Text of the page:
On weekdays, when children are most likely to come to the pool alone, we have mandatory restroom/hydration breaks at 3 and 5 p.m. Every child age 7 through 17 years old is required to exit the pool water for 30 minutes. They are encouraged to stop at the water fountain for a drink and strongly pressured to go to the restroom (so they don't use the pool as their bathroom).

We established a Web site for the public to read about our prevention methods and offering links to CDC's site.

The End Result

Finally, people actually thanked us for enforcing rules! It was amazing how supportive our patrons became as we explained why we had breaks and required showers.

The month of August was very tough for us, as the Metroplex was having a reasonable panic over the "Crypto-Scare" in the Fort Worth area. With each nightly news show, we could see our attendance dropping. Even though we made the big news stations with our prevention program, we still took a big hit in our revenue.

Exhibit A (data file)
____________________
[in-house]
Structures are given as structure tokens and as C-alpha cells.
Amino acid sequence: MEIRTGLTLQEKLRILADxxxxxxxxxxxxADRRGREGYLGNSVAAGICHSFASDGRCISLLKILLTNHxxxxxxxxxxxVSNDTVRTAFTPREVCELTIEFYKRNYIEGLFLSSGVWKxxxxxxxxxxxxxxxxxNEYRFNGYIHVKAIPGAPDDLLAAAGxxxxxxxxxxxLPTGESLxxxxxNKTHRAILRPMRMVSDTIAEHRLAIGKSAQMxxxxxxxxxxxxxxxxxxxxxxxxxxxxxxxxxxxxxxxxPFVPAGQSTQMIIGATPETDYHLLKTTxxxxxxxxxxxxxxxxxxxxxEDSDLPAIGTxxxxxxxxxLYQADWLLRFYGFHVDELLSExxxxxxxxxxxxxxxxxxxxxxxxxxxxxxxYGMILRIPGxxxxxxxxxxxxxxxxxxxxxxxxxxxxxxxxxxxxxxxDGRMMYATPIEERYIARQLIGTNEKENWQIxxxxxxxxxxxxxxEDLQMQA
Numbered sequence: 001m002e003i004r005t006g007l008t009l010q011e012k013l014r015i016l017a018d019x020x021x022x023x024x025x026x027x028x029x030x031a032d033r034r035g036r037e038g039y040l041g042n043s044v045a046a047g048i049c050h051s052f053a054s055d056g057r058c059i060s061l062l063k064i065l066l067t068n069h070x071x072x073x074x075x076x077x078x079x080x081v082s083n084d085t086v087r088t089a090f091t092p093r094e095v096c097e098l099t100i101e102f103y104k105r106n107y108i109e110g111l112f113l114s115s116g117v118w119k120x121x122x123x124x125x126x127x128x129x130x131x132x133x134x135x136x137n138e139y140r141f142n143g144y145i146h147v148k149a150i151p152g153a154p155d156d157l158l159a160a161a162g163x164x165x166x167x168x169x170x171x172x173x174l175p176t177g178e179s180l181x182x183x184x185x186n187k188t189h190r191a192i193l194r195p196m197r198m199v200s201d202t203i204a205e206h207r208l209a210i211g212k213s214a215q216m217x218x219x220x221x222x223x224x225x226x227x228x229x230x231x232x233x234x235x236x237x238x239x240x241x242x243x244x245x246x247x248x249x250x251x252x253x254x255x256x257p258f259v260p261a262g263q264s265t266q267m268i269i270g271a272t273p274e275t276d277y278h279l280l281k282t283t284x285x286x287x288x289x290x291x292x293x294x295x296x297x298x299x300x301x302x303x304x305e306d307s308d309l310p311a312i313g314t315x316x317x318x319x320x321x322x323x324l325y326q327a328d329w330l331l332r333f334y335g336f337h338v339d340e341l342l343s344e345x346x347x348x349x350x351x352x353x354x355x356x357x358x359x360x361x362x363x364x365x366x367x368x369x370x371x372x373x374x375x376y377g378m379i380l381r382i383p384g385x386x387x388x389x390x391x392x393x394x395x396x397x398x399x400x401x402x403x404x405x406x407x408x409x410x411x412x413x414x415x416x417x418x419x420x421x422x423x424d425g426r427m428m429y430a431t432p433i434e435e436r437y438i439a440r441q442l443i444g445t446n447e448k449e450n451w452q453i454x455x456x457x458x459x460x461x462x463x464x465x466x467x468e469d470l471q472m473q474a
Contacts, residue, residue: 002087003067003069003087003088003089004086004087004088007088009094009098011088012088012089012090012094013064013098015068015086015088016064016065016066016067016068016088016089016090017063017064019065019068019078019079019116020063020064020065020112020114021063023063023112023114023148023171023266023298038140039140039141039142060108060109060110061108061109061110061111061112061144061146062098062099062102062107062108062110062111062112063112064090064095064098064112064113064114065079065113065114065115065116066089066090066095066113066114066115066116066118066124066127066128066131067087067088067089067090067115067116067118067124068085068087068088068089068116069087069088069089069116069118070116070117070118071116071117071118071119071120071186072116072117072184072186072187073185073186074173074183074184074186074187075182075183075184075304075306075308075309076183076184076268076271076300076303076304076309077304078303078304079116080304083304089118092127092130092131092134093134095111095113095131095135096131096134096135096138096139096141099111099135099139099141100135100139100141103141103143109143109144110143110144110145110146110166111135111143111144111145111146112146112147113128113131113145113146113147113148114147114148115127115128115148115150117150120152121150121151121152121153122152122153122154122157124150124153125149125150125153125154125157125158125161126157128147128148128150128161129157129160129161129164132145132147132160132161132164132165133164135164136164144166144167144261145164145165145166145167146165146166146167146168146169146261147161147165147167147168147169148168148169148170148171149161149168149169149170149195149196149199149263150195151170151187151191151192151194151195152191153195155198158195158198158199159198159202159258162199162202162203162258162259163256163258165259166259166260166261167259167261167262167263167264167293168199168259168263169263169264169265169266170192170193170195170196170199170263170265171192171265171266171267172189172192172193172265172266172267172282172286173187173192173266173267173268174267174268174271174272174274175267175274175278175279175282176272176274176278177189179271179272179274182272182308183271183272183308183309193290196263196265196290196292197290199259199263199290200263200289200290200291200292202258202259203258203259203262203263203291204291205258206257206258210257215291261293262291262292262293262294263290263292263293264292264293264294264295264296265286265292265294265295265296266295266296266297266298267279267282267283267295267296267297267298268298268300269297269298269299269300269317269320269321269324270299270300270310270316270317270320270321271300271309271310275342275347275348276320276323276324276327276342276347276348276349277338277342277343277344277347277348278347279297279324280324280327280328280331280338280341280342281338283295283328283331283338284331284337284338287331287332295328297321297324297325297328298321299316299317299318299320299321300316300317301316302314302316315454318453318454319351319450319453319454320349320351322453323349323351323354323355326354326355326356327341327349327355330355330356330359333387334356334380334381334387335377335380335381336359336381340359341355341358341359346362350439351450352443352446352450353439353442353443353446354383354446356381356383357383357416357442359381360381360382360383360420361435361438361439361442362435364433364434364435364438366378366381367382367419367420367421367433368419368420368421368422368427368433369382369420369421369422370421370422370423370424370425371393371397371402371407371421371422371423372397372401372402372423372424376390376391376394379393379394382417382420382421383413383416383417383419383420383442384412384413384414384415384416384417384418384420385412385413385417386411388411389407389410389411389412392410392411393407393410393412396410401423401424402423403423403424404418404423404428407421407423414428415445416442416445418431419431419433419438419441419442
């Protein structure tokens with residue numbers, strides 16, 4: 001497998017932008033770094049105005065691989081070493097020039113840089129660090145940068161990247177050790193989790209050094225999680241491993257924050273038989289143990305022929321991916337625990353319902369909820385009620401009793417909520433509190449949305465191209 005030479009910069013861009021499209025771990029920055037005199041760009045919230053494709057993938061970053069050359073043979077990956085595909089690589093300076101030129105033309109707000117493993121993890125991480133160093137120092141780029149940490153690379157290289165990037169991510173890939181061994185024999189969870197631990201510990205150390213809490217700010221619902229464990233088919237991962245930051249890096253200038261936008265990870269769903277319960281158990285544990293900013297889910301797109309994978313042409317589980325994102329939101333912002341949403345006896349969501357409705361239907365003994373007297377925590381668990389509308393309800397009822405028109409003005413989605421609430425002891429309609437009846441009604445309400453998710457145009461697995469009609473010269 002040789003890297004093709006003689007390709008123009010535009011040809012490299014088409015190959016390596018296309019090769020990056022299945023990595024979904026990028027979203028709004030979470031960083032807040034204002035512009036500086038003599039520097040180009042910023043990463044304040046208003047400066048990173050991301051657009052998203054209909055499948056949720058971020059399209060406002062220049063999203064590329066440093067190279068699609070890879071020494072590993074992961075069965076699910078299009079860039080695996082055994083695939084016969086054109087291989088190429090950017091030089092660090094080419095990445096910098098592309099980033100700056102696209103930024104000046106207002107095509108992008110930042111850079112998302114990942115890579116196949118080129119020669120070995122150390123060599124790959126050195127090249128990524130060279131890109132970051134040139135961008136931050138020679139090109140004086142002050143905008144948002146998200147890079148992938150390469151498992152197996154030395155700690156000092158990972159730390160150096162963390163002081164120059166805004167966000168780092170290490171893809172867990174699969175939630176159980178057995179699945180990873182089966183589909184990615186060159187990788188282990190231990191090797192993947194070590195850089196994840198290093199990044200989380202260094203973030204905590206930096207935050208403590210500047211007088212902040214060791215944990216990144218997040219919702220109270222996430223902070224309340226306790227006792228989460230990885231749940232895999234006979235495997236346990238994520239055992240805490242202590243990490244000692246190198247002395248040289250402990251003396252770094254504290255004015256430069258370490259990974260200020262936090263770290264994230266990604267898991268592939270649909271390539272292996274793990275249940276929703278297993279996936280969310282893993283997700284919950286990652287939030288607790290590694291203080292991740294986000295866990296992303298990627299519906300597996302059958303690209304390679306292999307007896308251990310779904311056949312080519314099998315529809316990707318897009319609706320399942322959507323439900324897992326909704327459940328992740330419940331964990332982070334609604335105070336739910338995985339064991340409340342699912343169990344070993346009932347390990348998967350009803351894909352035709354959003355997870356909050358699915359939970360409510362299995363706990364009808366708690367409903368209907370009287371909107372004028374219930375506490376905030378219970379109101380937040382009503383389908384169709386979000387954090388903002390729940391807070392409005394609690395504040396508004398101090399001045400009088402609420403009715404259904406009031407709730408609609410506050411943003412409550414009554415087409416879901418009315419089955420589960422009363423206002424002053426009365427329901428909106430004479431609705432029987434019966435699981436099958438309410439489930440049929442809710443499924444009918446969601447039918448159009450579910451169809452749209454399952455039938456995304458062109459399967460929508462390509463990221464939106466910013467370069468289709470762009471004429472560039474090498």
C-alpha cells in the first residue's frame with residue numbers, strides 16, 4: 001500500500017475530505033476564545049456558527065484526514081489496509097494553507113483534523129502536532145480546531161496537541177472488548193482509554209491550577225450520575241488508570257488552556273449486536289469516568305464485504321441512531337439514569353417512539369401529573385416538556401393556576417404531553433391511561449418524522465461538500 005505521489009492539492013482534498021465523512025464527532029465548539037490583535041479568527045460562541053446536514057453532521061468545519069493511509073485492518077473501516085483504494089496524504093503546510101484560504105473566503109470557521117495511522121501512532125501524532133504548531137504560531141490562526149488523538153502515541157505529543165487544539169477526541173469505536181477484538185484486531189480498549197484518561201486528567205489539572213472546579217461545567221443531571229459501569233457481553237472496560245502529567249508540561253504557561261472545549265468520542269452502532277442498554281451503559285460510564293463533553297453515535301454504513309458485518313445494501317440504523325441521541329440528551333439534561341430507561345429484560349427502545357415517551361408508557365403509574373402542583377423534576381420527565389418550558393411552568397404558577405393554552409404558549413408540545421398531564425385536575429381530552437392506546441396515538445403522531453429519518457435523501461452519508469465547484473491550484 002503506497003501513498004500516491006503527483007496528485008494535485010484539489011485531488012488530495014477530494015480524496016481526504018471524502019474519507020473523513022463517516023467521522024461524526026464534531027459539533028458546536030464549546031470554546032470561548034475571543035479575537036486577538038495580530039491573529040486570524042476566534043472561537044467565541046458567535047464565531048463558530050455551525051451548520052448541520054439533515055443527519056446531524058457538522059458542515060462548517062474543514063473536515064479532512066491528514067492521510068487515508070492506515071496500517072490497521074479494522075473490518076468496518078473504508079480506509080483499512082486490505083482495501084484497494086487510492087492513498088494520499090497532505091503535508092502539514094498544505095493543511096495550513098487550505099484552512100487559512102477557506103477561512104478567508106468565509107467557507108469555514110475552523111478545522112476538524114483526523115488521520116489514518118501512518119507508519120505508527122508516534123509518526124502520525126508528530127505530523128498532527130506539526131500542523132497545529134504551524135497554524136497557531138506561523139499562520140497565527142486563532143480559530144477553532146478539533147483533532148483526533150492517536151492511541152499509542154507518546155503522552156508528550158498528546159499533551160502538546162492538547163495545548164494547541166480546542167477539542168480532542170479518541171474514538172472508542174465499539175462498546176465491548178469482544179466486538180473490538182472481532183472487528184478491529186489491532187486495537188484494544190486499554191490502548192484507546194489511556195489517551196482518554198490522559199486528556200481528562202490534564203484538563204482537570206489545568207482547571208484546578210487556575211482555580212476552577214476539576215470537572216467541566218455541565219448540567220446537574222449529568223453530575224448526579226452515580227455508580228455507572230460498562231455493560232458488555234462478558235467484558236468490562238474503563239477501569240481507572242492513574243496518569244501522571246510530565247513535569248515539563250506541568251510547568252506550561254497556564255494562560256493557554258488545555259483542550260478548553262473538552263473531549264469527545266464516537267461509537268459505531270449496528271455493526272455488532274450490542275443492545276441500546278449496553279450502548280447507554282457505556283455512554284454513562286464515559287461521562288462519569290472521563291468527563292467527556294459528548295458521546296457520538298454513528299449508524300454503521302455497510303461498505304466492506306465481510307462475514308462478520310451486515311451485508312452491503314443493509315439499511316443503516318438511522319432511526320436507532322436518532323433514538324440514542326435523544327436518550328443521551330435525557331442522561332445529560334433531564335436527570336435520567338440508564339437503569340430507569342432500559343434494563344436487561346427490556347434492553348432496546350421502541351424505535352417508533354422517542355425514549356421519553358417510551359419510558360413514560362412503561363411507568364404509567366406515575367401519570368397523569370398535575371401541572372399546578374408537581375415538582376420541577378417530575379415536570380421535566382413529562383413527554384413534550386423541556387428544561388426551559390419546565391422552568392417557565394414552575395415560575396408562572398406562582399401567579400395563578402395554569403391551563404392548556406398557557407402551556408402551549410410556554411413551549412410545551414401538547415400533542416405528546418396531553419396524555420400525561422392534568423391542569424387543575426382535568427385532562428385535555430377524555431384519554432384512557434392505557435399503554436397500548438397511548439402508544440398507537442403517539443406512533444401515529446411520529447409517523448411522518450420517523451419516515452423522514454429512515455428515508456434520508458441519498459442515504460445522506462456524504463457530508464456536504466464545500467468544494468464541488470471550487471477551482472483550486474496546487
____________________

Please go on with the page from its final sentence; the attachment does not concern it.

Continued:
I did get the horrifying call from the local health department that a woman infected with crypto while she was on vacation came home and visited her doctor for treatment. She must have been feeling better, because when the health department called to check on her, they found out she had just visited our facility. We did an emergency hyperchlorination and a lot of damage control in our publicity.

Although we did not have a major outbreak, we did have one confirmed case after being exposed by the diagnosed swimmer. We now have the confidence that we took the correct precautions to prevent this parasite from becoming a devastating infection of our facility. We are currently searching the industry and hoping for a better method of testing the water—or maybe someday there just might be a way to screen our guests for crypto before they enter our facility!



ABOUT THE AUTHOR

Elise Knox has been in the aquatics industry since 1976, when she started helping her mother with Red Cross training courses. Her current facility at The Colony has four pools ranging from 165,000 gallons down to 6,000 gallons, including a splash play area. She has been the aquatics director at The Colony since 1986. For more information on the chemical solution used at The Colony, visit www.seaklear.com.

For more information about The Colony Aquatic Park, visit www.ci.the-colony.tx.us/Depts/PARD/Aquatics/Aquatics.html.